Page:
Nouveau Monde – A Corner of the Graphite Triangle
We guess it’s just the way of the world that the markets don’t seem to be able to “walk and chew gum at the same time”. As Lithium has grown in furore, its fellow traveler graphite has been somewhat eclipsed and investors have definitely forgotten that there is a relationship between the two as graphite is a big(ger) component in Lithium Ion batteries. With up to 150kg of graphite required for the LiB in an electric vehicle, new sources of graphite are in demand, specifically in North America where there is currently limited supply. Admittedly the price of graphite is lower than Lithium’s but that does not change the fact that graphite is a key part of the mix.
Like all things related to the mining space, trends come and go, and graphite lit up part of the darkest period of the mining slump for a brief while. There was the usual large inflow of players and then the gradual fade back to reality. The impetus for the initial rush was the lack of Western production of graphite, which was virtually nil. Two to three years on (depending on when you date the resurgence in graphite interest) the number of mines to have made it to production is almost negligible and the West is as much if not more dependent upon Chinese supply as before.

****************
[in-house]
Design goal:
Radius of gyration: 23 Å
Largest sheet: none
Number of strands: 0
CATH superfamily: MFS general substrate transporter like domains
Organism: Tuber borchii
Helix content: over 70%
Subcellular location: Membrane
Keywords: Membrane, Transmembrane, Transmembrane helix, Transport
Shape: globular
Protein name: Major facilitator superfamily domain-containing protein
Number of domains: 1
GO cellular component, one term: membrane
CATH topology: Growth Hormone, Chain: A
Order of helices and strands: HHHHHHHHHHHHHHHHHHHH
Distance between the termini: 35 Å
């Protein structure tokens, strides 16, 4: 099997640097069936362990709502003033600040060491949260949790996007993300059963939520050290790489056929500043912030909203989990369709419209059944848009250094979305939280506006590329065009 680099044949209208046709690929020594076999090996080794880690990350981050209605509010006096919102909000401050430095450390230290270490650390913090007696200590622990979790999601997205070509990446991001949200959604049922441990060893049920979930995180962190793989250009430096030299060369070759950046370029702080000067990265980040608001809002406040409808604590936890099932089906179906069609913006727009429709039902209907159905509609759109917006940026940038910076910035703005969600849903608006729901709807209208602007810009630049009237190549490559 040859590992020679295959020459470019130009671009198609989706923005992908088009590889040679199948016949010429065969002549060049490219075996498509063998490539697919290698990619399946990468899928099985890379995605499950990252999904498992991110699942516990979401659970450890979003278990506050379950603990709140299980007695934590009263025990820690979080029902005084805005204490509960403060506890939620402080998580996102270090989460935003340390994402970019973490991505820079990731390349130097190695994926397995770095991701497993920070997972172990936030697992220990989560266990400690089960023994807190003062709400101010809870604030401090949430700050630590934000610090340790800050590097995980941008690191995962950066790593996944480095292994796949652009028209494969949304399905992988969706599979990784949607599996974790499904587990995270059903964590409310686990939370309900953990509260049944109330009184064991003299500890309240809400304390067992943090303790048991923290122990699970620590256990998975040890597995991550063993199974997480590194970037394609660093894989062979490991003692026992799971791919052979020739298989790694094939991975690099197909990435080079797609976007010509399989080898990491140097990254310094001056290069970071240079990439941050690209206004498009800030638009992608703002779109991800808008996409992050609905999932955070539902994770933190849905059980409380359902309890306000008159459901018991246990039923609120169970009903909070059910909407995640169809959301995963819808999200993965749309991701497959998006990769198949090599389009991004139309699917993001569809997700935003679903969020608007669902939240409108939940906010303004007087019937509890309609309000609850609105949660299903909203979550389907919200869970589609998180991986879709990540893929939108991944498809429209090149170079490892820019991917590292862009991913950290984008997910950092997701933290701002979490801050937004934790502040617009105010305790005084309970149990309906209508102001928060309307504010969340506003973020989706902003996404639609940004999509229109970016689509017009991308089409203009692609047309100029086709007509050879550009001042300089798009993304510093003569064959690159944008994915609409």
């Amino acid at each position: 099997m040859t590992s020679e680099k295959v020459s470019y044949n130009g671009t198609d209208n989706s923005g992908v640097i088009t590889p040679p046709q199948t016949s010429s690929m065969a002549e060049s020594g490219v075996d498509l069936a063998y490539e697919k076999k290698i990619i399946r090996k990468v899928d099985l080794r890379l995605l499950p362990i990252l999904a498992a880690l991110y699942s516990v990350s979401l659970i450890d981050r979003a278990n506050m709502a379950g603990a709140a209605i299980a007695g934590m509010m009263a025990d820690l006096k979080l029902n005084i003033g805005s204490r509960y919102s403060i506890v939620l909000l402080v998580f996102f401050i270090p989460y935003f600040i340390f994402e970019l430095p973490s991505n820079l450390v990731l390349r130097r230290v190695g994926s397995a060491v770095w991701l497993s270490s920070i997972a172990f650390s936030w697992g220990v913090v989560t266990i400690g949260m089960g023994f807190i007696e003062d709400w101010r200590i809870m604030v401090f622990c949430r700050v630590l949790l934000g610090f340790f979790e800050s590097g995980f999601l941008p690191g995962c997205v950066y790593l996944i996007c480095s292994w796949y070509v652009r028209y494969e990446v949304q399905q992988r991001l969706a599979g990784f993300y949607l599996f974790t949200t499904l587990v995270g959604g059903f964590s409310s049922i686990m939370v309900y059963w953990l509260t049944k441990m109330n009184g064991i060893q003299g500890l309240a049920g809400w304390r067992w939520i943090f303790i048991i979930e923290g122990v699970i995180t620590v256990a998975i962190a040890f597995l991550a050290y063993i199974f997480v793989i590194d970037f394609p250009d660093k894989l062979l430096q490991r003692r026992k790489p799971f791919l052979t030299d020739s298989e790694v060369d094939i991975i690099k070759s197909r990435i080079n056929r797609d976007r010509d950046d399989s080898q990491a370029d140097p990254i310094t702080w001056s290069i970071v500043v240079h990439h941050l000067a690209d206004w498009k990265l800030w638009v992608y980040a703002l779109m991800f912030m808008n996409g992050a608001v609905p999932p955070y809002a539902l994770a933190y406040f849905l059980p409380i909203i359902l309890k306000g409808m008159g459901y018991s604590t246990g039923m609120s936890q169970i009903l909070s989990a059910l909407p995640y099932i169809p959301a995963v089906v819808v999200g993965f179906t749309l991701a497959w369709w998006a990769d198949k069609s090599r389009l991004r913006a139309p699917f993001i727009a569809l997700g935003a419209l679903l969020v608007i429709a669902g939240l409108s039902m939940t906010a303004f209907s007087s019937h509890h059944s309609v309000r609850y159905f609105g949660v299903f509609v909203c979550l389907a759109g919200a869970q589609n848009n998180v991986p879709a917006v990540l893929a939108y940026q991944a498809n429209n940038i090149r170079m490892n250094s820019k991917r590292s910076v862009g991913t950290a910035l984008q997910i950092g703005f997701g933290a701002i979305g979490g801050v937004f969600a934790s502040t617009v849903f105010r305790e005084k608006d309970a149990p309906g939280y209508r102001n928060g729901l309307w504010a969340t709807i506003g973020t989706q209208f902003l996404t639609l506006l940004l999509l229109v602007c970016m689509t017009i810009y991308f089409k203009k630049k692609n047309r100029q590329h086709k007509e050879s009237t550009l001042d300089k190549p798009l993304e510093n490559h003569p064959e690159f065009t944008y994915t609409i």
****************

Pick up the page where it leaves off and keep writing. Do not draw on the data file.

The fleeting nature of the graphite boomlet meant that many companies managed to raise a bit of money and a few companies managed to raise a lot, but the roll call of those still around and still with cash on the balance sheet is much reduced. Fortunately for those that survived the down times we are now seeing a revival in mining financing that is spilling out of first mover sub-sectors (like Lithium and Gold) into other metals/minerals now.
It is therefore worth looking at one of the survivors in the graphite space and highlight what it is doing, so a review of Nouveau Monde (TSXV:NOU)(OTC:NMGRF)(FRANKFURT:NM9) seems timely.
Our first encounter with this company was in October 2013 when we met with the CEO, Eric Desaullniers on their London roadshow. The thing that struck us most was the quality of the share register, because when it comes down to it a quality shareholder base will more likely be around for the long-term than a mass of flippers or hedge funds. Currently the institutional base of Nouveau Monde consists of four of the major Quebec-based institutions with around 30% of the shares. As those in the mining space know the Quebecois look after their own and if the management is serious and the project is in the best interests of the province then the wagons are circled and support given through the down-times. This has proved to be the case with this company as the base is heavyweight indeed, with the names being:
- Desjardins – Largest association of credit unions in North America
- SIDEX – Major Québec Government fund to invest in Québec mineral exploration companies
- Fonds de Solidarite – FTQ – Québec’s largest central labor body
- SODEMEX – Québec-based mining investment fund